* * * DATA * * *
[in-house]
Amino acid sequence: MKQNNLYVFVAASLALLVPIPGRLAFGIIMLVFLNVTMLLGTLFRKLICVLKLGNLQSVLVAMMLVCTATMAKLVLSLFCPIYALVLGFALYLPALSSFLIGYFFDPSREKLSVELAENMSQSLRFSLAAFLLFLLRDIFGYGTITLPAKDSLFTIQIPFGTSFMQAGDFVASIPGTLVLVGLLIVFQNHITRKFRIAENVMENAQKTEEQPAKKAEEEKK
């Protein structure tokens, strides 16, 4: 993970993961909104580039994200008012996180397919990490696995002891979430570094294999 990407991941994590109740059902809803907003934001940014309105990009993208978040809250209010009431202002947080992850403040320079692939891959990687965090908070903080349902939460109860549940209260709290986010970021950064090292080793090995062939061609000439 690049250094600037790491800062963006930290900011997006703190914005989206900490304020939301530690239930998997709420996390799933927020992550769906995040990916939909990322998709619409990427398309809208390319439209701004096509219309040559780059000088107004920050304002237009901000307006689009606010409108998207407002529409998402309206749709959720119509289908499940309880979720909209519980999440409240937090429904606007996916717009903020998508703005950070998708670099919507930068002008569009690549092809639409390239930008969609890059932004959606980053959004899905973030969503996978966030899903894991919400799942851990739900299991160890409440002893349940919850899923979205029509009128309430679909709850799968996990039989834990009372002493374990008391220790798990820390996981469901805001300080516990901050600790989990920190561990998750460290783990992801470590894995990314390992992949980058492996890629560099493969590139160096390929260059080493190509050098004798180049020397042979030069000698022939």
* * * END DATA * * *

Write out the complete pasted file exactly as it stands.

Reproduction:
[in-house]
Amino acid sequence: MKQNNLYVFVAASLALLVPIPGRLAFGIIMLVFLNVTMLLGTLFRKLICVLKLGNLQSVLVAMMLVCTATMAKLVLSLFCPIYALVLGFALYLPALSSFLIGYFFDPSREKLSVELAENMSQSLRFSLAAFLLFLLRDIFGYGTITLPAKDSLFTIQIPFGTSFMQAGDFVASIPGTLVLVGLLIVFQNHITRKFRIAENVMENAQKTEEQPAKKAEEEKK
């Protein structure tokens, strides 16, 4: 993970993961909104580039994200008012996180397919990490696995002891979430570094294999 990407991941994590109740059902809803907003934001940014309105990009993208978040809250209010009431202002947080992850403040320079692939891959990687965090908070903080349902939460109860549940209260709290986010970021950064090292080793090995062939061609000439 690049250094600037790491800062963006930290900011997006703190914005989206900490304020939301530690239930998997709420996390799933927020992550769906995040990916939909990322998709619409990427398309809208390319439209701004096509219309040559780059000088107004920050304002237009901000307006689009606010409108998207407002529409998402309206749709959720119509289908499940309880979720909209519980999440409240937090429904606007996916717009903020998508703005950070998708670099919507930068002008569009690549092809639409390239930008969609890059932004959606980053959004899905973030969503996978966030899903894991919400799942851990739900299991160890409440002893349940919850899923979205029509009128309430679909709850799968996990039989834990009372002493374990008391220790798990820390996981469901805001300080516990901050600790989990920190561990998750460290783990992801470590894995990314390992992949980058492996890629560099493969590139160096390929260059080493190509050098004798180049020397042979030069000698022939």